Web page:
The largest casino in Chile is the Monticello Grand Casino and Entertainment World in San Francisco de Mostazal, which is a short 50 km from Santiago. The Monticello, a joint venture between Novomatic and Sun International, is part of a five-star hotel. In 2009, the property accounted for a 35.4 percent share of gross income made by the new casinos. The Monticello, however, was one of eight casinos that were forced to shut down after Chile was hit by a devastating earthquake in February this year. Fortunately, none of the eight have suffered irreversible damage and five have already reopened. The Monticello, which suffered $10 million worth of damage, reopened on June 30. Despite the closings, the earthquake has actually had little impact on the casino industry’s revenues in Chile. Figures recently released by the Chilean Gaming Board show that gaming income actually increased by 28 percent compared to the same period in 2009, increasing from U.S. $84.83 million to U.S. $109.42 million. As was expected, the bidding process for each of the licenses was extremely fierce. Although some foreign and local operators complained that there was a bias toward casino operators already established in Chile, generally speaking, the granting of the licenses went relatively smoothly. Now there are 15 brand-new, large-scale casinos operating in 10 separate regions nationwide.
Chart 2: Total Products Installed
Chart 3: Income and Visitors
Twelve of the 15 new casinos are located in urban centers. Eight opened their doors to the public in 2007 and 2008, and an additional seven opened in 2009. The remaining three will be located in Castro, in the Los Lagon region; Ovalle, in the Coquimbo region; and Coyhaique, in Chile’s deep south.
A good many foreign casino operators were already showing an interest in bidding for licenses back in 1999, when the law first went up for debate in the committee stage. Not only was the market underdeveloped at that time, but Chile also had long-established mechanisms in place to ensure that foreign investors were (and are) protected legally.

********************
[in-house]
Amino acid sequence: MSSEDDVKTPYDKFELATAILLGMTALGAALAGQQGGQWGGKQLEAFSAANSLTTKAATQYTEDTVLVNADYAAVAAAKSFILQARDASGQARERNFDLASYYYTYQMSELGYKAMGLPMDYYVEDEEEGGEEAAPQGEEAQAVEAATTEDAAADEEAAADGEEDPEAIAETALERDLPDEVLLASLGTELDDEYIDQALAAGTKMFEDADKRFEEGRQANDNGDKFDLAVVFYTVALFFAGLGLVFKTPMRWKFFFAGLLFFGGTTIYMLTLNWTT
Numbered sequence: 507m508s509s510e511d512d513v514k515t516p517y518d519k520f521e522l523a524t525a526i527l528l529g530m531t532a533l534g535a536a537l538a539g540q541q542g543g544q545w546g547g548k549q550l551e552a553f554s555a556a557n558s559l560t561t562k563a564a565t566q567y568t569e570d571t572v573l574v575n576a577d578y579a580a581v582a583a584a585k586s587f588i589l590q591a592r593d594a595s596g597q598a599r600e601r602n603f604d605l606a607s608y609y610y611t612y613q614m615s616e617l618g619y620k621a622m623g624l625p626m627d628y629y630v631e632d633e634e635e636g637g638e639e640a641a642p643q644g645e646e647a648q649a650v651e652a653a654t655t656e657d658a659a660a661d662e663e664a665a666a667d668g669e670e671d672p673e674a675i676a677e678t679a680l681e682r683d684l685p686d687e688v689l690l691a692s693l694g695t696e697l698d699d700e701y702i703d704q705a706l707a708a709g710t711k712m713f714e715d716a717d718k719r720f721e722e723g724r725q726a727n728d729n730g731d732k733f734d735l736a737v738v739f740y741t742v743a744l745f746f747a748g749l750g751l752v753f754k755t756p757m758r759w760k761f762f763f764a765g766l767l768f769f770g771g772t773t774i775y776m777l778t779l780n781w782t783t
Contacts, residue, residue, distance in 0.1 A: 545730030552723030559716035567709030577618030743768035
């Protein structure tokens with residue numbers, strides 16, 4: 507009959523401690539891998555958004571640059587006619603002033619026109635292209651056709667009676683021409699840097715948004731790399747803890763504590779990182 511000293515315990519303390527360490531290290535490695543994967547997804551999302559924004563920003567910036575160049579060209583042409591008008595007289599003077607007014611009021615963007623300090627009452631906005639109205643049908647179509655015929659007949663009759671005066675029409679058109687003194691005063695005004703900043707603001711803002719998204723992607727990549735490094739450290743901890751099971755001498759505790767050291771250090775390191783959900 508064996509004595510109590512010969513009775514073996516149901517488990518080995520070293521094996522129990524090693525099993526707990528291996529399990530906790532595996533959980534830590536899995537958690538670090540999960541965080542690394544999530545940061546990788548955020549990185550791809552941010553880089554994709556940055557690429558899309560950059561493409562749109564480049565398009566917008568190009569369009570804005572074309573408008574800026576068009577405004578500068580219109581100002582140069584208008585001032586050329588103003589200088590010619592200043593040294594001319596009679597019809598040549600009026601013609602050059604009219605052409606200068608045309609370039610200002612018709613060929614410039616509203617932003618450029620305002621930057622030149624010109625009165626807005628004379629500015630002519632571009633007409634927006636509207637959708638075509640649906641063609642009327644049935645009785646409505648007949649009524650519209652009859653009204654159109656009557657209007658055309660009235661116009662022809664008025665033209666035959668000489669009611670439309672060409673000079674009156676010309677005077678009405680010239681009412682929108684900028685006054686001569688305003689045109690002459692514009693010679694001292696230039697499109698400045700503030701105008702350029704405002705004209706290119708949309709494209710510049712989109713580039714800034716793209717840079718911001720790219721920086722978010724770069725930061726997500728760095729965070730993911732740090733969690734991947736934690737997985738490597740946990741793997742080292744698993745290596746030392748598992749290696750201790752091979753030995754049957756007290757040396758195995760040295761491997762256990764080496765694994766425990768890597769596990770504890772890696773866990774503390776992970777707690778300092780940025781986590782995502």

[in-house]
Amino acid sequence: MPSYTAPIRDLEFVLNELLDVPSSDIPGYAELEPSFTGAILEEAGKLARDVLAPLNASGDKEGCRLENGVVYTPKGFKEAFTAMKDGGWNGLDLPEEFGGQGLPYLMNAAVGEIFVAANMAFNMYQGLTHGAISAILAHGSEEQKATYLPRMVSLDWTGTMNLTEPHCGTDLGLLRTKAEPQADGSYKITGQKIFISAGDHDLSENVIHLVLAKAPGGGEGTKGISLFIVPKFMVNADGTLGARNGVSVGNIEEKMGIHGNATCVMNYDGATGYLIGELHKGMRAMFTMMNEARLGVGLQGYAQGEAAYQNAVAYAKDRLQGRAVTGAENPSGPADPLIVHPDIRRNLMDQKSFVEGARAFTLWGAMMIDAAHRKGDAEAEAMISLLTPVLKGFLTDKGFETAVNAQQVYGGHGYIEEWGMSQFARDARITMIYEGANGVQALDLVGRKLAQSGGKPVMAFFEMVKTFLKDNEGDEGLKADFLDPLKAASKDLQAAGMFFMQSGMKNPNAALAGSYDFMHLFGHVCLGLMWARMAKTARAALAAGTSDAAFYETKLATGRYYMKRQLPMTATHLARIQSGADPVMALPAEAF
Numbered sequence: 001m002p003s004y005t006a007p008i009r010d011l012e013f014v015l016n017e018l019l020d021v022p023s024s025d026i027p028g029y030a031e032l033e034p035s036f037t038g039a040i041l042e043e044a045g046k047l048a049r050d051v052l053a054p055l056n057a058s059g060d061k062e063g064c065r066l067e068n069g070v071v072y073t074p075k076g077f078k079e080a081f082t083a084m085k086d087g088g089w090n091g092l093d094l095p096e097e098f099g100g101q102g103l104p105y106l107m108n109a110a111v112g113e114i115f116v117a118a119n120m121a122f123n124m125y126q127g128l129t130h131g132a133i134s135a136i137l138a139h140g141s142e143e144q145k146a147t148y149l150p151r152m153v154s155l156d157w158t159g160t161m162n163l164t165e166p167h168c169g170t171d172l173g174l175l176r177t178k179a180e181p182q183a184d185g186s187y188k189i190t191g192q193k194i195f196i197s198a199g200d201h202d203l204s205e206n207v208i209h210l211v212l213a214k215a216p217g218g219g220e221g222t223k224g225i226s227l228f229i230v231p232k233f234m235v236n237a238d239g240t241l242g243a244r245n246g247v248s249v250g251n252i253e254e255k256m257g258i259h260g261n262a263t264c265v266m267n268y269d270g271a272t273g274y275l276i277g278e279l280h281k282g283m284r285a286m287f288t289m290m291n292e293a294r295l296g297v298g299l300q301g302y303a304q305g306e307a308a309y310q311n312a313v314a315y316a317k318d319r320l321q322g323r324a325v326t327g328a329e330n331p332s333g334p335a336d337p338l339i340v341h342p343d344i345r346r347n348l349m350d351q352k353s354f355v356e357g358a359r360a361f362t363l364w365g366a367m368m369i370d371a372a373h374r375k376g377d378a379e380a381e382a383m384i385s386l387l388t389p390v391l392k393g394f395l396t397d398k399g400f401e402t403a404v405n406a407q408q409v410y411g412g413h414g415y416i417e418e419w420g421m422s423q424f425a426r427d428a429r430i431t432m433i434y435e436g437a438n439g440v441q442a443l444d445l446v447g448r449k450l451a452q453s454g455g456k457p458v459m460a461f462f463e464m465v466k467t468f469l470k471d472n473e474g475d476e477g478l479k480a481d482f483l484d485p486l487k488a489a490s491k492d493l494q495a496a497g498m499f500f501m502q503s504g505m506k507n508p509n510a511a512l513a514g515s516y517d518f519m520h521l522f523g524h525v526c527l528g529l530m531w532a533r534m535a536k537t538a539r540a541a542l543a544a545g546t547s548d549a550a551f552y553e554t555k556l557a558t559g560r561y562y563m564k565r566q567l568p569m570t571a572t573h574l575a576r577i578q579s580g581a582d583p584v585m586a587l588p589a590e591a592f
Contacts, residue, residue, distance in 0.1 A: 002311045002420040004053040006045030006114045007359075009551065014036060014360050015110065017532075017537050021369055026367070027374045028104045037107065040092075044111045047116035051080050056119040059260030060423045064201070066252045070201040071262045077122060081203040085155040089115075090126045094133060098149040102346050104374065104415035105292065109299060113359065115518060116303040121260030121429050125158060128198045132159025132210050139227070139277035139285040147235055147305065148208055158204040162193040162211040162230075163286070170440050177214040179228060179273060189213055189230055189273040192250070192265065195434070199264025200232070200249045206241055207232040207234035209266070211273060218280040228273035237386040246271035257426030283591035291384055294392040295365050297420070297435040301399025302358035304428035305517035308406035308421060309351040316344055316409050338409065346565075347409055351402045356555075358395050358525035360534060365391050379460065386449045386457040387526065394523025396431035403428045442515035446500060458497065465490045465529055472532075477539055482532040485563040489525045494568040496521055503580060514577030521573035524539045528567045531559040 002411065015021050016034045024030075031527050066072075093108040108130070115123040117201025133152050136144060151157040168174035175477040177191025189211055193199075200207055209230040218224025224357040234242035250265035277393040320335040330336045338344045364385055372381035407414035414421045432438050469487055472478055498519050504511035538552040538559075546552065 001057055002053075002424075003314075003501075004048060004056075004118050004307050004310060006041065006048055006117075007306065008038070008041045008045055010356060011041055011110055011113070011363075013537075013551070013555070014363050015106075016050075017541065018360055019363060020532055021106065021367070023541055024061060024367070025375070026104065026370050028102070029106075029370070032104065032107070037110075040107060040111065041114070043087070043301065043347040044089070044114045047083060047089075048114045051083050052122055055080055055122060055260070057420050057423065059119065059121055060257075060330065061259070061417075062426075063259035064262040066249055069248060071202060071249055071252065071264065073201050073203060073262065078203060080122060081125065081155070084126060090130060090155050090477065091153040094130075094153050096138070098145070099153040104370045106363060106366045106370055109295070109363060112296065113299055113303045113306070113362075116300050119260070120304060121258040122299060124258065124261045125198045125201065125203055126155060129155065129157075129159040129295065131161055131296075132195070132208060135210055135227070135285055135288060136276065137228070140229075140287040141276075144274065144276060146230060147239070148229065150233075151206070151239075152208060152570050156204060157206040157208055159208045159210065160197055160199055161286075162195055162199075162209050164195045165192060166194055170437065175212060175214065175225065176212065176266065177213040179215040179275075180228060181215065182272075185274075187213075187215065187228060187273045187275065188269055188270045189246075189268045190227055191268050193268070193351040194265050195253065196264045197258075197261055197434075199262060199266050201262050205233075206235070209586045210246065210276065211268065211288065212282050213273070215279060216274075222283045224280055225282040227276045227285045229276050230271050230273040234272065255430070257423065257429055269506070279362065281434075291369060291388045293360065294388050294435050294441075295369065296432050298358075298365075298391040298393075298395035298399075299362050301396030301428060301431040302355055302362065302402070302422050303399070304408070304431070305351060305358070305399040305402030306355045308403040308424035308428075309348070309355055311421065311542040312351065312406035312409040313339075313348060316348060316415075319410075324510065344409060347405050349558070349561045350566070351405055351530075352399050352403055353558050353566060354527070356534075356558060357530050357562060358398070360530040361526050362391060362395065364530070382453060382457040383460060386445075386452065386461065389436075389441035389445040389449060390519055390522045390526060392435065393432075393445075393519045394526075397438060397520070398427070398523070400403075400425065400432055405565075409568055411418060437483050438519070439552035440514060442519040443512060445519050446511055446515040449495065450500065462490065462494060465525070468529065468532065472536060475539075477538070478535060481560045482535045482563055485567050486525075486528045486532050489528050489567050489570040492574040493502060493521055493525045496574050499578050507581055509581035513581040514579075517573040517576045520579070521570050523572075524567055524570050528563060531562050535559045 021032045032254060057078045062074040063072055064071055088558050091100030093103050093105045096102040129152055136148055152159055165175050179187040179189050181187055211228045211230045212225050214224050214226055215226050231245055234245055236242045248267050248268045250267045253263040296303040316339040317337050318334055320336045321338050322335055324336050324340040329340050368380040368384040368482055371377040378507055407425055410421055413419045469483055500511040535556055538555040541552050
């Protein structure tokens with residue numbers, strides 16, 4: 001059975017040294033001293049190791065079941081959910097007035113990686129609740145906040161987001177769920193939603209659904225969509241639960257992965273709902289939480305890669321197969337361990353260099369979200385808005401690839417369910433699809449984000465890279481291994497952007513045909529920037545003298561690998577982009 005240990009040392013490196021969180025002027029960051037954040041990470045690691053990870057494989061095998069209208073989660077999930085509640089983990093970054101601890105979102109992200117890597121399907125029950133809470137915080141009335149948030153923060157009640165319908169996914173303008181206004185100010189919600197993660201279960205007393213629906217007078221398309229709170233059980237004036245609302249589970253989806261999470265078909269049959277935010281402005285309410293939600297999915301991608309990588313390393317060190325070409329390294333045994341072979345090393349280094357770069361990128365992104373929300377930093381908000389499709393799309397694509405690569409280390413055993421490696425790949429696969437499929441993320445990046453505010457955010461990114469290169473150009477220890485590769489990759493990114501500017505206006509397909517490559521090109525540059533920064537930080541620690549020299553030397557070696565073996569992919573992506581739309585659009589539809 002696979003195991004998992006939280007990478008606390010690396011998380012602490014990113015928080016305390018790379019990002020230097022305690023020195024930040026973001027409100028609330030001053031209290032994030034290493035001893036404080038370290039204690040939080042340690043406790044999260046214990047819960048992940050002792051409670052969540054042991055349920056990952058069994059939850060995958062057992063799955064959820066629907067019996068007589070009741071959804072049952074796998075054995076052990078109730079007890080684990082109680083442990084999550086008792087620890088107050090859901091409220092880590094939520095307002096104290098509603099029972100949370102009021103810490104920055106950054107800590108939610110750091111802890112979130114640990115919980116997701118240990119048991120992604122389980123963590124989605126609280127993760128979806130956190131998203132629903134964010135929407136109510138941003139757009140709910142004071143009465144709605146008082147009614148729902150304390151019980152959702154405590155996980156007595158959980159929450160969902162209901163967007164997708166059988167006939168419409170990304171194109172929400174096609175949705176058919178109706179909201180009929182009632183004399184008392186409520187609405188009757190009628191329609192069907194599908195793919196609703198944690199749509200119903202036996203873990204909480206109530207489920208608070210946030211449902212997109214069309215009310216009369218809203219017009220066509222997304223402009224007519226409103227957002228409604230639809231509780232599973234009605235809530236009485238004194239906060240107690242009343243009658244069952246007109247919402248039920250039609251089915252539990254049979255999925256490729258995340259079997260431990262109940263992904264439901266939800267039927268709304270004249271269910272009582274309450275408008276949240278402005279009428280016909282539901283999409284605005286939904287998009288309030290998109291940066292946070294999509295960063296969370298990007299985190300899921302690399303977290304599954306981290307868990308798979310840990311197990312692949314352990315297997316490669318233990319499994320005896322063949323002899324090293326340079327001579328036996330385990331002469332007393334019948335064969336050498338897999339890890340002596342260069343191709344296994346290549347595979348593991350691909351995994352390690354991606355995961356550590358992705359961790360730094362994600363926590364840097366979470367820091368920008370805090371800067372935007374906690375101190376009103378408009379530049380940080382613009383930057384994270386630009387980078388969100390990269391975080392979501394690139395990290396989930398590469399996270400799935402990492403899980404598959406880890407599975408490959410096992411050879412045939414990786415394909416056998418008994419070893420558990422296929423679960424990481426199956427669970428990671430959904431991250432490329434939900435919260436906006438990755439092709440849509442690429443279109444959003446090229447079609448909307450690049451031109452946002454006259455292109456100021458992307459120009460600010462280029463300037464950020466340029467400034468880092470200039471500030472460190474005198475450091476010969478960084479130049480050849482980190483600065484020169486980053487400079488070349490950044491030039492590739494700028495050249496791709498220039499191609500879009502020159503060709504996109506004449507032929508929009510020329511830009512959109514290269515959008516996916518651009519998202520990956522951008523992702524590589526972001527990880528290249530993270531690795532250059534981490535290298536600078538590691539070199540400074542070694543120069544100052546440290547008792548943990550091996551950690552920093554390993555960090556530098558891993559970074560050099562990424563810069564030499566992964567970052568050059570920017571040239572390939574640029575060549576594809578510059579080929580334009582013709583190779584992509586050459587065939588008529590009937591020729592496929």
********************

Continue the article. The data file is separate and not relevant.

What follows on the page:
Chile’s Foreign Investment Statute, D.L.600, which dates back to the 1970s, guarantees foreign investors exactly the same rights as Chileans. Operators may also repatriate their profits and capital to their own country. Some of the world’s leading gaming operators have invested in Chile, in many cases forming joint ventures with local companies. In fact, 53 percent of total investment in Chile’s new casino industry comes from abroad.
With the new licenses, Chile’s casino industry has transformed beyond recognition over the last five years. Now that the majority of the new casinos are up and running, for the first time we are getting a clear idea of just how well they are faring.
According to recent statistics released by the Chilean Gaming Board in 2009, gaming revenue steadily increased month by month, more than doubling from U.S. $6.198 million in January to U.S. $12.434 million in December. Slot machines are by far the most popular draw and account for 91.4 percent of total bets made. Some of the world’s leading manufactures of slot machines have been targeting the new Chilean market for some time now, and so far the three biggest winners have been Bally, with 1,162 gaming machines sold; ATRONIC with 1,391; and WMS with 1,315.
So far the figures are showing very clearly that, for now, the casinos in Chile are doing extremely well. Indeed, Chile is fast becoming one of the bright spots in Latin American gaming, and with three new casinos on the way, a well-regulated and transparent industry in the region could show the way for other countries now considering green-lighting casinos.